A wasp’s nest: The Economic Competition Office’s role in shaping the vertical structure of competition
The centralization the corporate structural system inherited from the planned economy acts as an impediment to market competition, so that many of the big, artificially created state-owned firms have to be broken up. An active part in doing so has to be played by the state, through the Economic Competition Office as ‘guardian’ of competition. The logic is clear, but a matter of dispute theoretically and in practice. The article presents the theoretical dilemmas of demonopolization that appeared with the change of system and shows what attempts were made to resolve them through competition regulation and the activity of the Competition Office. It emerges from the analysis that the main role in building up the structural conditions was not played by the Competition Office, which declined the task of inspecting the inherited structure and the privatization decisions, seeing it as economically and politically delicate. As for the small number of merger decisions connected with privatization that it took, they were handled in a legal fashion, but most of the sales and take-overs were simply permitted, not always for consistent reasons.
Price squeezing and predatory pricing. Economic theory and judicial and regulatory practice
The article presents the concept of predatory pricing and price squeezing and the economic background to it, before examining what judicial practice has developed and what regulatory intervention there has been. The question of investigating predatory pricing and price squeezes has come to the fore recently because it has become clear since the liberalization of the network public services that liberalization and an end to exclusivity of rights are insufficient to produce the desired measure of competition. After liberalization, it was recognized legally in the EU that a new, more co-reliant and cooperative relation would have to develop in branch and competition regulation. Regulatory changes are taking two directions. On the one hand, greater emphasis is being given in branch regulation to the principles of competition regulation. On the other, the role of branch experts is likely to increase in some areas, such as takeovers, mergers and restriction of competition. A common feature of the regulatory reforms is that well-founded regulatory decisions call for increasingly subtle analysis, in which economic analyses are playing an ever more important role.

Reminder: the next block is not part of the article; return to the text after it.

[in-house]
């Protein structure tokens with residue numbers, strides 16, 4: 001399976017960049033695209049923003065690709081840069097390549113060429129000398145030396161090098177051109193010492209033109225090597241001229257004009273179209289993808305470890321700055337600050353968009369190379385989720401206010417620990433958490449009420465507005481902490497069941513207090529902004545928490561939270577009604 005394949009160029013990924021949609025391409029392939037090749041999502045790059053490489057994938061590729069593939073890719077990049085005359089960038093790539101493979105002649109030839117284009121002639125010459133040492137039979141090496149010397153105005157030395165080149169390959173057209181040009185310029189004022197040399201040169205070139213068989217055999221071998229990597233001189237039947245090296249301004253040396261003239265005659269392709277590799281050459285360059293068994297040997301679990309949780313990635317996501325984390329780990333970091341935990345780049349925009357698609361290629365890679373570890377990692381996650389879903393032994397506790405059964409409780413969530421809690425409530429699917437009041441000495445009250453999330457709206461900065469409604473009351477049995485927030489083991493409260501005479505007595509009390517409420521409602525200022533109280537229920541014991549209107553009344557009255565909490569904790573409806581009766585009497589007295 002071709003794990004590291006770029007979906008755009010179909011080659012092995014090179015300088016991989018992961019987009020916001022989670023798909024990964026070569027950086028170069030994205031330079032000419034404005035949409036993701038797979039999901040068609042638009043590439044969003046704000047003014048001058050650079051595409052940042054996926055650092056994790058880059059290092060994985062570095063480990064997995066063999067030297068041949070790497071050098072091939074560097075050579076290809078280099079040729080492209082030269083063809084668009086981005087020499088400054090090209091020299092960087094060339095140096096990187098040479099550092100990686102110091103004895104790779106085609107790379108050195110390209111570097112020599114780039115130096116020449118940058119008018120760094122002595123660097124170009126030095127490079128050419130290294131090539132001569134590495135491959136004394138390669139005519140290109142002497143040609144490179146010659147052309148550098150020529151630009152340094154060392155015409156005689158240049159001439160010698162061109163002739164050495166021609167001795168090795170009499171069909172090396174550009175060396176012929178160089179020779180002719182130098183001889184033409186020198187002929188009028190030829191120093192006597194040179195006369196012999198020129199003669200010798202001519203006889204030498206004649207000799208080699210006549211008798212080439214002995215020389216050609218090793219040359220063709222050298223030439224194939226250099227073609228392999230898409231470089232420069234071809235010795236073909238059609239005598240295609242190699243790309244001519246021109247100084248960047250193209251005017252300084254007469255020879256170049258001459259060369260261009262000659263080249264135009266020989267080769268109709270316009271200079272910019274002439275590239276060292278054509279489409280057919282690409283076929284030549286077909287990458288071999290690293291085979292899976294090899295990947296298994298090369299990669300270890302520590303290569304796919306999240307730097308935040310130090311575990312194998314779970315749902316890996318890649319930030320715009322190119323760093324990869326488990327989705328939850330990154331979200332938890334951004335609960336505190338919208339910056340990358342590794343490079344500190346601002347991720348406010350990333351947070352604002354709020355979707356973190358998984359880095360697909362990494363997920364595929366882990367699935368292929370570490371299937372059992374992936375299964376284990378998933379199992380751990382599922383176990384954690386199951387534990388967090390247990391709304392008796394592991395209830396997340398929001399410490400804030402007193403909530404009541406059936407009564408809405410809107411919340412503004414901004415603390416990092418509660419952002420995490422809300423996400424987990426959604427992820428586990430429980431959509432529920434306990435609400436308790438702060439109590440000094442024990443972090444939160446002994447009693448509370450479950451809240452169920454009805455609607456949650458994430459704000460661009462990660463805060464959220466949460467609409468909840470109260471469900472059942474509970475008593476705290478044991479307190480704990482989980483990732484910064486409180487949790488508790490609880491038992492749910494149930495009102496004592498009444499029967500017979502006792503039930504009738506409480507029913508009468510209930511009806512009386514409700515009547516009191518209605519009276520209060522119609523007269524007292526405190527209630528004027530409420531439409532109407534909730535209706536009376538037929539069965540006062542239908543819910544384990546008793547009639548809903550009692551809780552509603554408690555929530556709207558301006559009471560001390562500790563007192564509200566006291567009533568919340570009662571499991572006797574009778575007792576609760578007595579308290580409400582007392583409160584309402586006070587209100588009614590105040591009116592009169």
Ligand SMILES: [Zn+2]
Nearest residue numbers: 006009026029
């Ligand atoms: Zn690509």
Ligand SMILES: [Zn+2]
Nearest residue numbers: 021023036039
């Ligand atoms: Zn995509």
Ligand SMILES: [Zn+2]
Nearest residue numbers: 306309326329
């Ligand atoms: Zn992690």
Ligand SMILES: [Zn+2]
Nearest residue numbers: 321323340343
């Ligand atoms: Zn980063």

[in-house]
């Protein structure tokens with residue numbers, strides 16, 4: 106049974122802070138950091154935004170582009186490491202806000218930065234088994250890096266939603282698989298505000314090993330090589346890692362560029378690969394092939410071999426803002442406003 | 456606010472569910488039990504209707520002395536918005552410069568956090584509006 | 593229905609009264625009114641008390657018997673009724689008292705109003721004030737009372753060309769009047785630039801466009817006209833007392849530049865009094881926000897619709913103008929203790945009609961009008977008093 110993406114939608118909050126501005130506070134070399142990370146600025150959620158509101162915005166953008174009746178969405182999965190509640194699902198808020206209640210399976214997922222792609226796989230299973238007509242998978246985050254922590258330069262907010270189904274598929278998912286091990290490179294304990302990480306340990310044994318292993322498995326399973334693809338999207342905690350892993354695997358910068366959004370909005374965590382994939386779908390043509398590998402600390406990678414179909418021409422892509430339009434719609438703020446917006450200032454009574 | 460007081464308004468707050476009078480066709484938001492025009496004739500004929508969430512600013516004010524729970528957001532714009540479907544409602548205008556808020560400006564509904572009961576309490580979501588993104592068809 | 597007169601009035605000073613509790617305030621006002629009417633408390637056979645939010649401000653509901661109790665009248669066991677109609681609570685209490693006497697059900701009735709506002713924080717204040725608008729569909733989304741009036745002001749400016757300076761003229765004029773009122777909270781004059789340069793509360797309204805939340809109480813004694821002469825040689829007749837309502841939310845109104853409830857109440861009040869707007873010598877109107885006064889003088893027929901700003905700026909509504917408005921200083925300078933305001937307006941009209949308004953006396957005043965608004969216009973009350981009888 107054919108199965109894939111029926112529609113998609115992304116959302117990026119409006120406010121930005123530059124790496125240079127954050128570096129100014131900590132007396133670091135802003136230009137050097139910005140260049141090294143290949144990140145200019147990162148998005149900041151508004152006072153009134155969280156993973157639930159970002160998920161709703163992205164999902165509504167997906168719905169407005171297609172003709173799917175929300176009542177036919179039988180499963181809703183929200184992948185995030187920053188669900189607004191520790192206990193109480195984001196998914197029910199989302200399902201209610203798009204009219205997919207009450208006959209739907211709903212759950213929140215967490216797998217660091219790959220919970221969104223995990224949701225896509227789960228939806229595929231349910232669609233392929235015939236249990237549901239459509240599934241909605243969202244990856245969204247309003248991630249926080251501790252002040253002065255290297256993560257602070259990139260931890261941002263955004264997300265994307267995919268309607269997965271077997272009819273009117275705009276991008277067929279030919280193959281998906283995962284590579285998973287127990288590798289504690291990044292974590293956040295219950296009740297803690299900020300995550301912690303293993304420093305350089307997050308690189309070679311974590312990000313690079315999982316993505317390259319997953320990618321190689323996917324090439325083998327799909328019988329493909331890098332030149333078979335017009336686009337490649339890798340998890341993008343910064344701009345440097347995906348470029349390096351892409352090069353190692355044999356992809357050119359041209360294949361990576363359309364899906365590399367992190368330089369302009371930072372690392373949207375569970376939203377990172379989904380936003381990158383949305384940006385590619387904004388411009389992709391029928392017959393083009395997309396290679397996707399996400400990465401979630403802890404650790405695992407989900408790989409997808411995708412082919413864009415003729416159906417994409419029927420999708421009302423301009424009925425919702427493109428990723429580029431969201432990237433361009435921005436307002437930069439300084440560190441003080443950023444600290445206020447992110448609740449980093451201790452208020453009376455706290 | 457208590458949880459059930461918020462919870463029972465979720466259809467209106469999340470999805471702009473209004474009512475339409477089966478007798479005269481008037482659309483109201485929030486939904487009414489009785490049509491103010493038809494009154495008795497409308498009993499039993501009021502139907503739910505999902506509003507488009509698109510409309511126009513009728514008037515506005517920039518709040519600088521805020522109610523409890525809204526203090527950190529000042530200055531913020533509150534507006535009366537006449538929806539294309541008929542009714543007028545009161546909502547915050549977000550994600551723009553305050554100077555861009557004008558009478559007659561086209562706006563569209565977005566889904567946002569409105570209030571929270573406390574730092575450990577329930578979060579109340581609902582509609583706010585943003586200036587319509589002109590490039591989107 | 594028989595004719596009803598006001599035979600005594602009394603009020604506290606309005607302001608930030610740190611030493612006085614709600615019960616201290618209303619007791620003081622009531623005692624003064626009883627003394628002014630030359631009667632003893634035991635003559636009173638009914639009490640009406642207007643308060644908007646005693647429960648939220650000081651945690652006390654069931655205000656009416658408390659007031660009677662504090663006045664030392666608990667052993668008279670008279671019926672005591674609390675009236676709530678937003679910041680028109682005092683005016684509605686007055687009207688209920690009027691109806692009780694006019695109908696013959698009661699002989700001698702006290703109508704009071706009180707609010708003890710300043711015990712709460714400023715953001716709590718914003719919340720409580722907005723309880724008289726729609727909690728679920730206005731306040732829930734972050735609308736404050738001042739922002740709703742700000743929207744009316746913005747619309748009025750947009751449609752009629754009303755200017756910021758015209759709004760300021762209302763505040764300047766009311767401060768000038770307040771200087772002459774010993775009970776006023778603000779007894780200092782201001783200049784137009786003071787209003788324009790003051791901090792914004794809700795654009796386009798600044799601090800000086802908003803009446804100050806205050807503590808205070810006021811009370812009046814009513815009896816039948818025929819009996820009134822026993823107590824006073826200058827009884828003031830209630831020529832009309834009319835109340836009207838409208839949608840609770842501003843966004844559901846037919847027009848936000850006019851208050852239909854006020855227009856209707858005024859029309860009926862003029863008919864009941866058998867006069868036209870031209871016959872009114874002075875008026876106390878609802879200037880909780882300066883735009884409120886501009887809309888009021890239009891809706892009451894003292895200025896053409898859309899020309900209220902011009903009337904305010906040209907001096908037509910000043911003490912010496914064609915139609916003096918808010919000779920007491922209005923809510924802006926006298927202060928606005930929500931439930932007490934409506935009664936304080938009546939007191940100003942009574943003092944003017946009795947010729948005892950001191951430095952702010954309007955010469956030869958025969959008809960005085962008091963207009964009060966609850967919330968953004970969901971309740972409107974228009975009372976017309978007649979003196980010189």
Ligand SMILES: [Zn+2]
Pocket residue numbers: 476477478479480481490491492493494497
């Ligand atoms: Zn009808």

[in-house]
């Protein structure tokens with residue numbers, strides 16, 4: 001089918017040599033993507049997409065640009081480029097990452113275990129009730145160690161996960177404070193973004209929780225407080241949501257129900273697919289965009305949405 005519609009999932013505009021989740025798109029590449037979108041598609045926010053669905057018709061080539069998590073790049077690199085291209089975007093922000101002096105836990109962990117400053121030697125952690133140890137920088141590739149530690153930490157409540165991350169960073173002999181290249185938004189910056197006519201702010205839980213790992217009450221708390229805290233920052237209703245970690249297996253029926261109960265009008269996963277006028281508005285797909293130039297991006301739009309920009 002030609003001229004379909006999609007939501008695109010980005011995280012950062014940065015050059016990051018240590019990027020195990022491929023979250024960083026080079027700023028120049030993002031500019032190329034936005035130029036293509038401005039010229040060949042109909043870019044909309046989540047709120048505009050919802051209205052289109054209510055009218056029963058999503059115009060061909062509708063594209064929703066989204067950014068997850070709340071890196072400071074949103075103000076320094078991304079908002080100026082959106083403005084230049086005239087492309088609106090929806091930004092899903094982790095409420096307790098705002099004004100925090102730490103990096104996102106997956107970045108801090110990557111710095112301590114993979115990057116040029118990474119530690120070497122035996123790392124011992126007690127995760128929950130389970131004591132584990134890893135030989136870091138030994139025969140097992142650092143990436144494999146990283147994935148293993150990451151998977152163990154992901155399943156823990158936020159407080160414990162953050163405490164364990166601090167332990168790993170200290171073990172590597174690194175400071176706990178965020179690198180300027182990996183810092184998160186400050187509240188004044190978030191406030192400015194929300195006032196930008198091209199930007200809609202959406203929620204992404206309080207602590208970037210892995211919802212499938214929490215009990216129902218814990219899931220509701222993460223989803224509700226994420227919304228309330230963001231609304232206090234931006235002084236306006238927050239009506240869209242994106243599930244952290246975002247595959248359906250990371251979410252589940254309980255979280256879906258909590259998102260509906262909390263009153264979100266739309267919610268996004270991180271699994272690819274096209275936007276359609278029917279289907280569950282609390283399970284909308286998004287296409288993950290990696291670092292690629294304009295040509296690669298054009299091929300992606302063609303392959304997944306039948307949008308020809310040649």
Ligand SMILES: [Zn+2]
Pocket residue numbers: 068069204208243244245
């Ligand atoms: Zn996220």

Reasons for the spread of atypical work in the knowledge economy
The fixed employment for an indefinite term previously typical of industrial society (bolstered by various privileges and safeguards) has been declining in the last decade or two. There has been an unstoppable spread by various forms of atypical employment, ranging from agency labour to remote working at back-up offices in the Third World. The article places atypical work within the conceptual frames of the new institutional school, emphasizing the diminishing human-capital specificity in employment relations. The ‘loosening’ of work – the decomposition in time and space of concentrated factory work – is a change comparable in importance to the appearance of the factory system. ‘Loosened’ work is a logical consequence of the development patterns in the knowledge economy. According to the logic of information technology, modules making up production processes (like the cells of economic organizations) gain independence; each leads a life of its own, with infinite combinatory possibilities opening up. The same trend appears in the work field, where firm, tied, static, ‘safe’ forms become changeable, ‘fluid’, dynamic and uncertain. This gives a boost to the knowledge economy, as nomadic employees take their expertise with them from one project, economic unit, country or region to the next. The other side of the coin, however, is that employees (other than key personnel with the fundamental competencies) become interchangeable, disposable, recallable and transferable – in a word, insecure.
The effect of term of production
Product life – term of production, or period of engagement or return, in other words – influences economic growth and the length of its possible cycles. The appropriate way of describing this effect is with the input-output model and various versions of it, which also allow calculations to be made. The ‘elliptical production paths’ of the Austrian school and their duration and variations become clear and measurable. All this may lead to an extension of the concept and interpretation of equilibrium.
The choice of supply channels in the Hungarian fruit and vegetable sector – a case study
The agricultural reform in Hungary broke the previously vertically integrated agri-food system along various lines. The structures of agriculture, the food industry and food retailing have fundamentally changed, in ways that have also influenced the vertical governance structures in the sector. The aim of this paper is to investigate the choice of supply channels in the Hungarian fruit and vegetable sector available to farmers by employing the framework of transaction-cost economics. The authors’ analysis is based on a survey of marketing-channel choices by fruit and vegetable producers in Csongrád County. A multinomial logit model is applied to reveal on the determinants influencing the choice among various supply channels. The results seem to contradict some of the basic propositions of transaction-cost economics.